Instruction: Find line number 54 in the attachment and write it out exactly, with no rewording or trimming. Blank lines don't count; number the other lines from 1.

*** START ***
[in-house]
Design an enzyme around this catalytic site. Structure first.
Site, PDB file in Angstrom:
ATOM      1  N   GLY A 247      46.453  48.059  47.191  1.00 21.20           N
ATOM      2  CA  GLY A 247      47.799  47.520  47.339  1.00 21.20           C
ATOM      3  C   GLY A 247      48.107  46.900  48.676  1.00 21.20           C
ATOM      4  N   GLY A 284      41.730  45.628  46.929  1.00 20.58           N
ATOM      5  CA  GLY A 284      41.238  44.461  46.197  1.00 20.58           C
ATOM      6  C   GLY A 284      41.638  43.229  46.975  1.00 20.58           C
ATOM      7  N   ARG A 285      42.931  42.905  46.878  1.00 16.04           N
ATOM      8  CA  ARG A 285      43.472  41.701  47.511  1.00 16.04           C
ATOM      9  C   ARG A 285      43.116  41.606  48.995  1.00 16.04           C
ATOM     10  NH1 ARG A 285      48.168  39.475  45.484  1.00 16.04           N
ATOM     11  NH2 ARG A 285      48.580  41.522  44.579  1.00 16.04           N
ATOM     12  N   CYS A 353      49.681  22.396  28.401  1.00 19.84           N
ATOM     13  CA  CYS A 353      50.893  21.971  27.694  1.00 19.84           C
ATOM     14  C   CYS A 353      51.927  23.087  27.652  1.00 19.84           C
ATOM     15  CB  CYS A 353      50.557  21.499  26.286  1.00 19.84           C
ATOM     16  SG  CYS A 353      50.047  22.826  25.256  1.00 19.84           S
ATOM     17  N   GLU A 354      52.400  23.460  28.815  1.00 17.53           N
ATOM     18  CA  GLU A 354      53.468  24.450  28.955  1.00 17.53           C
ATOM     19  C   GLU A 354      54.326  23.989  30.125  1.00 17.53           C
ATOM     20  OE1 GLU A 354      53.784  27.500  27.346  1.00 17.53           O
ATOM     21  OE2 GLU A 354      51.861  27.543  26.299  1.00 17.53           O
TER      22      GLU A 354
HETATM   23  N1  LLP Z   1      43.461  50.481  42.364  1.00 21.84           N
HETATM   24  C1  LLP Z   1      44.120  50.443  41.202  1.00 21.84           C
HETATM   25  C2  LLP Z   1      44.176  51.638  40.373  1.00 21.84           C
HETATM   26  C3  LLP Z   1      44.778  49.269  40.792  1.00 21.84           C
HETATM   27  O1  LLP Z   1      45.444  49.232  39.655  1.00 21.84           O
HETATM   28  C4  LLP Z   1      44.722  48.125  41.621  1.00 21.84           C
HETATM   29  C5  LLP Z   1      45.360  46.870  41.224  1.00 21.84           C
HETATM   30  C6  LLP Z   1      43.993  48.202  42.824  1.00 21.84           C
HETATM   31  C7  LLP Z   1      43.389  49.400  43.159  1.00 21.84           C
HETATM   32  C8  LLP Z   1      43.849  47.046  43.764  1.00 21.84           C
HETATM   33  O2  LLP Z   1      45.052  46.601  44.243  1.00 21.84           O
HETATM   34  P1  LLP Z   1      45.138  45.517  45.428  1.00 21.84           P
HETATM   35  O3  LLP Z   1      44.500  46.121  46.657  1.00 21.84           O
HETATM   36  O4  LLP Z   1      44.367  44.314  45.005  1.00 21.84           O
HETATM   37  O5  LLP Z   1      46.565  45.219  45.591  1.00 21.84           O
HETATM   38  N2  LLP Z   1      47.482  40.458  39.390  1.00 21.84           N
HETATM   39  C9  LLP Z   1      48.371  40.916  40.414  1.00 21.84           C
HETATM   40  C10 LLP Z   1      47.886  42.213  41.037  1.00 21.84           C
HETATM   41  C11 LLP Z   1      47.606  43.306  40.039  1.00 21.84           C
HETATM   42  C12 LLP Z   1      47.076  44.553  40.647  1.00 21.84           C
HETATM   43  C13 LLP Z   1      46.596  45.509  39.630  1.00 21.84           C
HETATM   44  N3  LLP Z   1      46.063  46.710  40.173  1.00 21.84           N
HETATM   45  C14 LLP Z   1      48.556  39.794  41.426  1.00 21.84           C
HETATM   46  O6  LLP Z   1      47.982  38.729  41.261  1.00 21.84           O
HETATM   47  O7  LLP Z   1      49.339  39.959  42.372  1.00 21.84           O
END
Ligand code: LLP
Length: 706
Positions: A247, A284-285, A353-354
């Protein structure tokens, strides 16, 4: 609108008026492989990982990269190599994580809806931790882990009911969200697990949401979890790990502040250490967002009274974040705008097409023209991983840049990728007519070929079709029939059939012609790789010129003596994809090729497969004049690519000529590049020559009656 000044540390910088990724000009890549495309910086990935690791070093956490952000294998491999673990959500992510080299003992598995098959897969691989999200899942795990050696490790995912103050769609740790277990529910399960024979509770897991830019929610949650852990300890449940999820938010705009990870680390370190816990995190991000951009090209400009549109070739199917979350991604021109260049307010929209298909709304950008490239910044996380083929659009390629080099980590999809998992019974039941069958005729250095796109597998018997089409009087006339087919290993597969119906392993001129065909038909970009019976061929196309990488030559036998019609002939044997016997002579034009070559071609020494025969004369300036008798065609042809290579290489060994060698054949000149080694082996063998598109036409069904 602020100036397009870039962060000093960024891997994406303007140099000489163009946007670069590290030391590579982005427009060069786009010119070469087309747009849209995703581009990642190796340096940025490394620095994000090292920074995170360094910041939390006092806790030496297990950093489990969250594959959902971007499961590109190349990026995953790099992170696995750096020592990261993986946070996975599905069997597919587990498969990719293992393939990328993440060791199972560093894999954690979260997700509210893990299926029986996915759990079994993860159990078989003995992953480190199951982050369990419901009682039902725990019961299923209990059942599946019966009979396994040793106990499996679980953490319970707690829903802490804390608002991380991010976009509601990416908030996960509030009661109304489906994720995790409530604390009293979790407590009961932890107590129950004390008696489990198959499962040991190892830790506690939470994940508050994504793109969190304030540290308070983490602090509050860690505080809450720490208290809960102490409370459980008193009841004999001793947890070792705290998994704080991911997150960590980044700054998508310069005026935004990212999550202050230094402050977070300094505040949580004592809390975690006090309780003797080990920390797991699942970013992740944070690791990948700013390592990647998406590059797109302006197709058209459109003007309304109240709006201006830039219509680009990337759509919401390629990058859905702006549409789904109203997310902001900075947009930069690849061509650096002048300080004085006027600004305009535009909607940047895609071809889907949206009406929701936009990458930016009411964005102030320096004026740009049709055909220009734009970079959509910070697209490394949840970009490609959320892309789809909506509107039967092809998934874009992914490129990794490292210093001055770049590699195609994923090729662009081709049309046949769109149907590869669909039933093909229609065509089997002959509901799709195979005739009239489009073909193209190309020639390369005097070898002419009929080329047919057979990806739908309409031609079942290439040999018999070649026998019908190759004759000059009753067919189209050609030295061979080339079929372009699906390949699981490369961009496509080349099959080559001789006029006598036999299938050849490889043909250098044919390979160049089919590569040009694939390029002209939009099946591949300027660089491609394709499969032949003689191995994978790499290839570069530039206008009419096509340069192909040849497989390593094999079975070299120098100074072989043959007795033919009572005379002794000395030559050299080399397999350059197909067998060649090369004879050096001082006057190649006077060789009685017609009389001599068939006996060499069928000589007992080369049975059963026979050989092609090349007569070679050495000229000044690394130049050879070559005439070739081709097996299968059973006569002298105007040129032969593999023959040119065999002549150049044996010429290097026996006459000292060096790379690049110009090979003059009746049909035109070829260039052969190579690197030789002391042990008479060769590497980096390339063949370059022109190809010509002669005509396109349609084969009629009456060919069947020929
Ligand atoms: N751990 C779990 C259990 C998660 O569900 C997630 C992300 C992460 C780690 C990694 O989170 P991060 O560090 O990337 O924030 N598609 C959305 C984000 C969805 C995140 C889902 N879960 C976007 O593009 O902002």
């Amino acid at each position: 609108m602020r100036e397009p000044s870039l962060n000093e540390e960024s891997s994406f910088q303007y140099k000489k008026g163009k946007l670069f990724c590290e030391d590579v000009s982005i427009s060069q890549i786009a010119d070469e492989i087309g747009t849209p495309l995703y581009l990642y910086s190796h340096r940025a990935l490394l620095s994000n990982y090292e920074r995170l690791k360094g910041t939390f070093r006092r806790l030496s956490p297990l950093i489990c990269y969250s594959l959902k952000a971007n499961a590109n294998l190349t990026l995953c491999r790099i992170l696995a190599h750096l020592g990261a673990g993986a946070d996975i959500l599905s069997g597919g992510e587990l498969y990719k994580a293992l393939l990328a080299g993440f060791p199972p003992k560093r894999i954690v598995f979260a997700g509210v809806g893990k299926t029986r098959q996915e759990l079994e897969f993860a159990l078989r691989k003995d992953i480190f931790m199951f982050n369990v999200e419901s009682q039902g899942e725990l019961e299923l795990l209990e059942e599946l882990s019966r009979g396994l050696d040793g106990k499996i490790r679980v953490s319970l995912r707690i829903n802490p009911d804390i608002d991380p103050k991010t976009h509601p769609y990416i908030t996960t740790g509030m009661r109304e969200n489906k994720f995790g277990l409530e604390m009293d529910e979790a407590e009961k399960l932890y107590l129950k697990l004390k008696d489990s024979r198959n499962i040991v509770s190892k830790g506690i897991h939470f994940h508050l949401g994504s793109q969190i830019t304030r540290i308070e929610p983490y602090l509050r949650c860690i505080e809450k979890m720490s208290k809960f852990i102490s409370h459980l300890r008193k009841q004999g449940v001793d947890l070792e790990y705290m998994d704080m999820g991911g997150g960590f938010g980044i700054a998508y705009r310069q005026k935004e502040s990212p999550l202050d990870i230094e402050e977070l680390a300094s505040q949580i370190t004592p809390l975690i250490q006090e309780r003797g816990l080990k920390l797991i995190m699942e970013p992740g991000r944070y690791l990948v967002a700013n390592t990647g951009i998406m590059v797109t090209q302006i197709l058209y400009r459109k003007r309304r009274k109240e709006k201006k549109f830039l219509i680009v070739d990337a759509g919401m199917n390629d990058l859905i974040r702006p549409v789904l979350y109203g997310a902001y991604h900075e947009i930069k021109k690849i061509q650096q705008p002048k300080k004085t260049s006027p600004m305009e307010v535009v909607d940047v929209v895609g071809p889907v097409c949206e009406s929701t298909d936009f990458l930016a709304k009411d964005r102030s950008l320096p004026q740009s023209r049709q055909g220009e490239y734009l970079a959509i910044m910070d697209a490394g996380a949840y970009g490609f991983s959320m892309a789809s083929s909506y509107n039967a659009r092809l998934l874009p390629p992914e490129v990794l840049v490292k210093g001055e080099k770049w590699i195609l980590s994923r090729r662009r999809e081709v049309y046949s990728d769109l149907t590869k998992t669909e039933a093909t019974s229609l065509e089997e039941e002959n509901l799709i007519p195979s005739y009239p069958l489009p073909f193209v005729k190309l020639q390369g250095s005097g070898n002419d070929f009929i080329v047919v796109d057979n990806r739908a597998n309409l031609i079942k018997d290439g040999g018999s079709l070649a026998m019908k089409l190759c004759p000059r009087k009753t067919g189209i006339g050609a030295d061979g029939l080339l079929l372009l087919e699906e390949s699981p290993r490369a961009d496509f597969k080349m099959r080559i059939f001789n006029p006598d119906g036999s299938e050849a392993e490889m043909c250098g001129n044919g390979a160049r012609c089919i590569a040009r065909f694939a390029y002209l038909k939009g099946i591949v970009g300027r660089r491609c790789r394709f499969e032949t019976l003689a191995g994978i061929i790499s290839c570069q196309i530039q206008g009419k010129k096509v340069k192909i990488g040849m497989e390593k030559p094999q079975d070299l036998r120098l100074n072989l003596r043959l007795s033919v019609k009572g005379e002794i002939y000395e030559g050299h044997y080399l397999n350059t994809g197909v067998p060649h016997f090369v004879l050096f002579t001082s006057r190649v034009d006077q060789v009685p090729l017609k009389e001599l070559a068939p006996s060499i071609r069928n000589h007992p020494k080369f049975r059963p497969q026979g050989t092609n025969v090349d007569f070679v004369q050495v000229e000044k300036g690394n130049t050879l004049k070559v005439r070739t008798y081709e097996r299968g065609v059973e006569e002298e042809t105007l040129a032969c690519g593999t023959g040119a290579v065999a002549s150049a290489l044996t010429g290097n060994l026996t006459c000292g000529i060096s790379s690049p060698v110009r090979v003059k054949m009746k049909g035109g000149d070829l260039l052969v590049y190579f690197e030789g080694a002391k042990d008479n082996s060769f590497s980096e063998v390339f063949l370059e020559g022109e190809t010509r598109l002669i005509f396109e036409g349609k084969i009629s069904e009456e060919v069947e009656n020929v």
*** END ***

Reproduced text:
Positions: A247, A284-285, A353-354